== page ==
Jon Mendelson’s May 11 column brought back memories of the halcyon days of my adolescence in eastern Pennsylvania. We would sit outside on the front porch swing after supper on warm summer nights. Neighbors would stroll past and exchange pleasantries for a few moments before moving on to the next house for yet another friendly chat.
When we first moved to Tracy, my husband and I entertained similar suburban dreams. Tracy has glorious summer nights, and it seemed perfect for neighborly chatting. Soon after we moved in, however, we erected a fence. Neighborhood kids were using our front steps for skateboarding and our driveway for bicycle tricks.
Don’t get me wrong; we like kids and have two adult children. In our litigious society, if one of those boys fell and was hurt, the parents most likely would have sued us. We had no intention of retreating from our neighbors. We were concerned about liability, plain and simp.
Mendelson writes, “It’s naive to think development will return to the way it was.” It is naive to think that not erecting walls and fences will make communities return to the way they once were. There was actually a time when people cared what the neighbors thought, when young and old alike treated one another respectfully, when people voluntarily obeyed traffic laws. Oh, yeah. And when people didn’t drive by with booming car stereos blasting loud, pounding, profane, violent rap and shattering the peace.
Those days are long gone.
Look at our traffic in Tracy. Tracy has some of the worst and rudest drivers I have ever seen, even compared to San Francisco and Los Angeles. Apparently, driving without talking on the phone is impossible. Also, I can only assume that no one’s turn signals work anymore. I see young people spin doughnuts, run stop signs, park in handicapped-designated spaces without placards and speed on residential streets.
When parents drop their kids off at school, the parents cut each other off, block crosswalks, run stop signs and sometimes endanger young kids by not giving them the right of way when the kids are trying to cross the street.
My neighbors and I actually saw a man in a large pickup with two motorcycles in the truck bed drive his vehicle on a pedestrian walkway to get to a main thoroughfare because he was too lazy — or felt too self-entitled — to use one of the entrances to the neighborhood. Or maybe he was just a colossal jerk. The city finally installed a bollard, rendering his vehicular ingress and egress impossible.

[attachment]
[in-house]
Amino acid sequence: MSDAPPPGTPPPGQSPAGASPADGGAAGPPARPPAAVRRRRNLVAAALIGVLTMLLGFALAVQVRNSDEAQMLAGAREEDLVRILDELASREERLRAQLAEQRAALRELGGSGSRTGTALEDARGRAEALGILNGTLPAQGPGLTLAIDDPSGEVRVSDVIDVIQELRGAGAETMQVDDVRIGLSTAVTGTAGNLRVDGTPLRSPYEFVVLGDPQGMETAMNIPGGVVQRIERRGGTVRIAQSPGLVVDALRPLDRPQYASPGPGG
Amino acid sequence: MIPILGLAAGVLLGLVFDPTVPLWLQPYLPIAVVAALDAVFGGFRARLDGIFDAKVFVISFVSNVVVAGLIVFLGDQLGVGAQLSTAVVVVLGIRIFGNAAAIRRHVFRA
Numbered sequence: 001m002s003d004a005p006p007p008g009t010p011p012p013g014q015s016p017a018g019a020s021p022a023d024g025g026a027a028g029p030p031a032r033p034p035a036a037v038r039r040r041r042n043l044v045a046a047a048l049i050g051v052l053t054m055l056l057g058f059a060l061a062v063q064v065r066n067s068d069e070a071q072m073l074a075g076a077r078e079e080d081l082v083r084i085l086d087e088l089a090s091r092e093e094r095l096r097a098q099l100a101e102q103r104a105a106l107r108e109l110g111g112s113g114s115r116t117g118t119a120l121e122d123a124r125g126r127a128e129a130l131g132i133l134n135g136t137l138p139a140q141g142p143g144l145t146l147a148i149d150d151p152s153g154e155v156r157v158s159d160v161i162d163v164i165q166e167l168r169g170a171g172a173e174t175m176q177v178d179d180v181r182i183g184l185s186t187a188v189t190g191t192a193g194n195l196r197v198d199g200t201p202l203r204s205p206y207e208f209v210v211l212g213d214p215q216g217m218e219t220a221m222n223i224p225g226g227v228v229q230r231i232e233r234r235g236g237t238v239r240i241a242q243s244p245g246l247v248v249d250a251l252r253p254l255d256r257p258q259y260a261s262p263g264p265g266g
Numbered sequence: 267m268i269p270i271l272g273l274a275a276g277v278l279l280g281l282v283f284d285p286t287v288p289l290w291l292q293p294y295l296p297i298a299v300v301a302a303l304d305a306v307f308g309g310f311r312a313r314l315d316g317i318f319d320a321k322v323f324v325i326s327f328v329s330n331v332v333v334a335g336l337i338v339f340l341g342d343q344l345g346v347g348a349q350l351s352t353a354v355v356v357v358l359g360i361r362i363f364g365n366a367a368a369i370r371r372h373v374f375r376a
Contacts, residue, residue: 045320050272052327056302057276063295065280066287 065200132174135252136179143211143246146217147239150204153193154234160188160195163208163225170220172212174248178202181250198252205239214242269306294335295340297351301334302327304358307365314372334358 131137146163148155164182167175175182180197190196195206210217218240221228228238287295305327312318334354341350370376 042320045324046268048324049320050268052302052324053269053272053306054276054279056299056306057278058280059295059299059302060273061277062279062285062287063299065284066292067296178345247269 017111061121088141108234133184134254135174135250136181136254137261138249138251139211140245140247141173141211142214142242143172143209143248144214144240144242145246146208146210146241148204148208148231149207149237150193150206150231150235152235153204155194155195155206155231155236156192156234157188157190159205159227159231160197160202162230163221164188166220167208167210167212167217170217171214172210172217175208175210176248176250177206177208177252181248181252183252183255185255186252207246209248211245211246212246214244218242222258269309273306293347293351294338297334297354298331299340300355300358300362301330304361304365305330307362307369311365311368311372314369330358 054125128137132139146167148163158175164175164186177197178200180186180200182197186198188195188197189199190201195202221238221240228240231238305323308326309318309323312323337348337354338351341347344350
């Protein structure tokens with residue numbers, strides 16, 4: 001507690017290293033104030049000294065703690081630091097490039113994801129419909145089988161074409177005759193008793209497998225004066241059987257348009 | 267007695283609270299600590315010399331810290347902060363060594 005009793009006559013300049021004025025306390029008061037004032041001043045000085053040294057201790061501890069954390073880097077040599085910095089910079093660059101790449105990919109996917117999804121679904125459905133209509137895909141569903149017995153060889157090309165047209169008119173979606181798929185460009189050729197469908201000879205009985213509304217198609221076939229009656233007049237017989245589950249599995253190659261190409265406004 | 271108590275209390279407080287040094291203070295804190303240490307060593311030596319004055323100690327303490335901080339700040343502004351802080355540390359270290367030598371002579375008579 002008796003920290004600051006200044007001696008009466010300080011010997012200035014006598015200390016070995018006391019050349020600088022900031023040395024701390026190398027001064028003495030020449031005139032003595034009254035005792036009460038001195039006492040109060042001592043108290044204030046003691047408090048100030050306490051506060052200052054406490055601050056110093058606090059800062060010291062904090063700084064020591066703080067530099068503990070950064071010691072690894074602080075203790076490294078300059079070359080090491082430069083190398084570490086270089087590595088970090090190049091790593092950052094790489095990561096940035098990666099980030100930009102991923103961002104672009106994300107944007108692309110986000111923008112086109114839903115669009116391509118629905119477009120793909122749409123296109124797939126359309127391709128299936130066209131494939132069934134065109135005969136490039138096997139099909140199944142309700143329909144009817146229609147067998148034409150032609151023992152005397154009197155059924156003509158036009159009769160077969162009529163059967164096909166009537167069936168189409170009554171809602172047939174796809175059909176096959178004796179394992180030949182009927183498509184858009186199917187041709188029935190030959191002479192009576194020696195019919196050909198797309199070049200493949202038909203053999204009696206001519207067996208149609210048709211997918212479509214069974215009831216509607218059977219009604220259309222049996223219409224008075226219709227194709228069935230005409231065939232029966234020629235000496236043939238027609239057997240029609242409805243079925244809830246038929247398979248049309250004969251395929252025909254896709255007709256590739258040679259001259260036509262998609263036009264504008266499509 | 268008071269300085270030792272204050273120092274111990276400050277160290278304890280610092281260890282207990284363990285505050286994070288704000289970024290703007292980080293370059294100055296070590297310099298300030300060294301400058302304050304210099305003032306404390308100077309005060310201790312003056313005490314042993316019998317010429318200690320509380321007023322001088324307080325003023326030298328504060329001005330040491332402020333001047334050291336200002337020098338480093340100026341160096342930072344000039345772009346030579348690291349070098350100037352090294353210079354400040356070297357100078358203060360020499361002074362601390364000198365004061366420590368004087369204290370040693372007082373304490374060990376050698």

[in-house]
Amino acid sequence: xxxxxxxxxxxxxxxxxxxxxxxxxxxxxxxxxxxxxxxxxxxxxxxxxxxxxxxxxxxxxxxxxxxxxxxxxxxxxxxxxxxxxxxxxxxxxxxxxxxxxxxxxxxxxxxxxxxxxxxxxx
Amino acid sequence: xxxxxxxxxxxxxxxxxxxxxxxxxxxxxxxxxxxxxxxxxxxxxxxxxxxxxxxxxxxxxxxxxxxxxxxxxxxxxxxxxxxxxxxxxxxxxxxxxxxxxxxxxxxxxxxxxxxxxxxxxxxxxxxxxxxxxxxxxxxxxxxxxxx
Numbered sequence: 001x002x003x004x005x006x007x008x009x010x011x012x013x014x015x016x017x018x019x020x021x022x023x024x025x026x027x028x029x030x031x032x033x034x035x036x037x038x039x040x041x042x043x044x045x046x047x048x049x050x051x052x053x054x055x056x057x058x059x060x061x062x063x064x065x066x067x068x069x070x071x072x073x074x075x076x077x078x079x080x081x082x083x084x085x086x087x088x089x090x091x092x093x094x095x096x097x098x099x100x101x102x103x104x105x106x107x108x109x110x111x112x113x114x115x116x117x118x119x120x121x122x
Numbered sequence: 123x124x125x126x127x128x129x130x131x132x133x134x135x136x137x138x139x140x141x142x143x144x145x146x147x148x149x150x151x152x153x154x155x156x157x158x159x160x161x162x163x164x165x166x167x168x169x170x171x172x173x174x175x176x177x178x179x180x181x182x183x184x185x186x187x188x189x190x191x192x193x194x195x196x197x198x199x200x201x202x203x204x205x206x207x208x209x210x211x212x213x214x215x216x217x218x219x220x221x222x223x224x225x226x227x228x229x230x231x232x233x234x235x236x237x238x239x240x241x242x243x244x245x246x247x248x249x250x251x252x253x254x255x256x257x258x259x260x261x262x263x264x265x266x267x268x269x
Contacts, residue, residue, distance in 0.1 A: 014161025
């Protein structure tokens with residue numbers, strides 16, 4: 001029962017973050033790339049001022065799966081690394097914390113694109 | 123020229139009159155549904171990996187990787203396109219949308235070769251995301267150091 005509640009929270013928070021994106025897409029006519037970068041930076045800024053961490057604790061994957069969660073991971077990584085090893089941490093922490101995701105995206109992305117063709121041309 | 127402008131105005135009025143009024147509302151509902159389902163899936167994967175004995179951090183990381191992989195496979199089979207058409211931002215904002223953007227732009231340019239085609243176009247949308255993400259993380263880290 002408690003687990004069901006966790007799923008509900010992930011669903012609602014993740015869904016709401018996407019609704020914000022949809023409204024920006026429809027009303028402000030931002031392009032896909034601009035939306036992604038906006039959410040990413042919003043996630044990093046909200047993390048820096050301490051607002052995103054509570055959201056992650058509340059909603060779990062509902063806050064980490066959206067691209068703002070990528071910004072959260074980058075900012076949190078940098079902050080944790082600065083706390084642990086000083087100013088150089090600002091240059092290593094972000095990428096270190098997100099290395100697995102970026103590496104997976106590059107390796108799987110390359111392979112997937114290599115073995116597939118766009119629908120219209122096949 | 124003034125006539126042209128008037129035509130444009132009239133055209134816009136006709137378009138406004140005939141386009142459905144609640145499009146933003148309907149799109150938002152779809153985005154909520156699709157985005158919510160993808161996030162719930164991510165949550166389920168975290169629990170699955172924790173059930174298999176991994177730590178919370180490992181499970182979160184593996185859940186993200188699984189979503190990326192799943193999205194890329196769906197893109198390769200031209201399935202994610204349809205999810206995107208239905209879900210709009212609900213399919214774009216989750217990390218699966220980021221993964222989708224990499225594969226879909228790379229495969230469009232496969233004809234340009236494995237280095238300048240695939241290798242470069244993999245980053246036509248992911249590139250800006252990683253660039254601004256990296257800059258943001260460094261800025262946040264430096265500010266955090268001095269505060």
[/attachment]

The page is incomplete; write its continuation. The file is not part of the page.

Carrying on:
Are you kidding me A pedestrian walkway Kids use the walkway to get to school, moms push baby strollers and joggers run with their dogs on the walkway. And Mendelson criticizes the design of select exit and entry points When people exhibit this selfish, dangerous, rude behavior, it’s no wonder that residents don’t want through traffic.
Through traffic should be kept to a minimum in residential neighborhoods. If a community can make its sidewalks safer for its children by having a gated neighborhood or by designing curving streets, cul-de-sacs and very few inlets and outlets, the residents are ensuring their dream. This is not elitism. This is a result of the fact that our culture no longer fosters community.
For example, when a nearby neighbor was landscaping, he rented an outhouse for the contractor’s crew. Someone vandalized the jobsite, overturning the outhouse and dumping stolen patio furniture all over the front lawn. Another night a neighbor’s car window was smashed in. Yet another night a neighbor’s house was egged. One other neighbor’s house and car were paintballed. Drivers throw fast-food wrappers and cups around the streets. Toilet papering, apparently, is de rigueur. And all of this is in a nice neighborhood with high-end houses (and few streets with outlets). It is shocking that parents are not teaching their children how to behave as citizens.
So, Mr. Mendelson, where is the small-town charm Is it any wonder, after saving up a down payment, putting in a lawn and a few flowers, keeping the windows clean and hosing down the front walk, that a homebuyer who finally has the American Dream tries to preserve it
My fence does not keep my neighbors away. It does not keep costumed children away on Halloween. It does not keep away Boy Scouts collecting for their food drive. It has, though, had the secondary benefit of cutting down on the number of proselytizers and solicitors that ring.
During my precious time in the afternoon, after I am done with my daily chores and before I have to start dinner, I like to put my weary feet up and have a cup of tea. Then the doorbell rings and it is someone wanting to sell me something, or wanting to convert me to something or wanting to clean the carpet in one room of my house for free. As if I would let a stranger in!
So if sound walls, bollards, curving streets, cul-de-sacs and limited access to a neighborhood make it more safe, if my fence reduces the risk of liability and if it keeps one unwanted solicitor or proselytizer away from my front door, then in the words of Martha Stewart, “it’s a good thing.”
Marilyn Weissberg is a retired legal assistant and office manager who moved to Tracy four years ago.